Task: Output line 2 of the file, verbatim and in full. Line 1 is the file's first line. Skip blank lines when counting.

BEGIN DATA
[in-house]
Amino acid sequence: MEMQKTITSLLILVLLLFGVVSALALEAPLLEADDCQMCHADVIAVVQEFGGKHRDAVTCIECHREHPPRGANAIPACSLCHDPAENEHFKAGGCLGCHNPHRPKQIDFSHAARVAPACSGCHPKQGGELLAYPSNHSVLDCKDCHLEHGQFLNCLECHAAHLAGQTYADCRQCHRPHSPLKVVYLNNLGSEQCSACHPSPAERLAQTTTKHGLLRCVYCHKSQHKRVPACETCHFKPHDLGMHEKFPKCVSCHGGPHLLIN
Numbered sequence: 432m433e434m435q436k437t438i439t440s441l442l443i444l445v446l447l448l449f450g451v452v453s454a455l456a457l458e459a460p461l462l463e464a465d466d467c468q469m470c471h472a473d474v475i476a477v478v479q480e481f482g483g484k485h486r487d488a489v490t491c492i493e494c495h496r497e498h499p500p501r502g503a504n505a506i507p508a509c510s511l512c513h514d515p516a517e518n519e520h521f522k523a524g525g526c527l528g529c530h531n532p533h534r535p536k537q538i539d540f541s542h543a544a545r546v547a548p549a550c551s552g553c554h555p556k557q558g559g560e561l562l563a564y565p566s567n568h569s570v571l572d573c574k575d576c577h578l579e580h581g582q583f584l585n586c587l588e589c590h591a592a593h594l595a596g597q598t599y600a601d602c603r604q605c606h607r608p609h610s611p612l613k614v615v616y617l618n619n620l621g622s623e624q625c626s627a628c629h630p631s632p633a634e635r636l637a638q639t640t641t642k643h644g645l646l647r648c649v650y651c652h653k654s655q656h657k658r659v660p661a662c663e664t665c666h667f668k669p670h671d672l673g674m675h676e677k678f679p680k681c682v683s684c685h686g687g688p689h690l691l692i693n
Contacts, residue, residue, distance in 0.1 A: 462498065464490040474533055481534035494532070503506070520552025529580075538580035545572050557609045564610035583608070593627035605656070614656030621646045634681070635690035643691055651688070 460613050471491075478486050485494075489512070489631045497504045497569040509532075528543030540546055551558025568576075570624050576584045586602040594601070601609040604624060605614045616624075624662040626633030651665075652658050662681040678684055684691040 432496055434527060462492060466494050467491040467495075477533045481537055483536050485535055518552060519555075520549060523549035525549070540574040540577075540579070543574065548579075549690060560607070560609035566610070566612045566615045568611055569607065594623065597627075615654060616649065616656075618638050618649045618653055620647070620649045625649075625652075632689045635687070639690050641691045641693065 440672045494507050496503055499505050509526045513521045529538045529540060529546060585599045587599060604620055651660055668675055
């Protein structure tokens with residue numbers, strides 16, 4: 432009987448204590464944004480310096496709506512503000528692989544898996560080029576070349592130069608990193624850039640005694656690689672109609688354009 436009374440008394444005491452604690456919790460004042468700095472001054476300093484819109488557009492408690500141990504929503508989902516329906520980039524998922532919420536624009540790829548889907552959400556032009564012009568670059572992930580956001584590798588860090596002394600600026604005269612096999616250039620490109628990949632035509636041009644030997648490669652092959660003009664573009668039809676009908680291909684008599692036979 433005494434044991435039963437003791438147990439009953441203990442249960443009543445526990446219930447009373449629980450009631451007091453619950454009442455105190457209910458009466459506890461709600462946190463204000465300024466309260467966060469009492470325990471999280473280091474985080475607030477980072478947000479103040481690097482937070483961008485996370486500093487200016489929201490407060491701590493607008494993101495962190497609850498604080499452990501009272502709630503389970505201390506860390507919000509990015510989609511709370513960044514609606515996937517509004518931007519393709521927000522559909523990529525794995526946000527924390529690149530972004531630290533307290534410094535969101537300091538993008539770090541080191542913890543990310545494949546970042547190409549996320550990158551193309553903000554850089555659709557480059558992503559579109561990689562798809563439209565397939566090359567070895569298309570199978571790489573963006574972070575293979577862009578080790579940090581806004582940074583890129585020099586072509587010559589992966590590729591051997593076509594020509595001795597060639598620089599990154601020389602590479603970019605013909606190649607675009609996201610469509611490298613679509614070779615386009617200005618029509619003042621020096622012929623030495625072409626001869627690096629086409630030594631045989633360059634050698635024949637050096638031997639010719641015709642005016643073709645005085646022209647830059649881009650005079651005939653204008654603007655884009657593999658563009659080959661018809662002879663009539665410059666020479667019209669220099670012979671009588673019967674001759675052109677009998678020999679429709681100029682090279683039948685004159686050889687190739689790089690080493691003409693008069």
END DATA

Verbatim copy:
Amino acid sequence: MEMQKTITSLLILVLLLFGVVSALALEAPLLEADDCQMCHADVIAVVQEFGGKHRDAVTCIECHREHPPRGANAIPACSLCHDPAENEHFKAGGCLGCHNPHRPKQIDFSHAARVAPACSGCHPKQGGELLAYPSNHSVLDCKDCHLEHGQFLNCLECHAAHLAGQTYADCRQCHRPHSPLKVVYLNNLGSEQCSACHPSPAERLAQTTTKHGLLRCVYCHKSQHKRVPACETCHFKPHDLGMHEKFPKCVSCHGGPHLLIN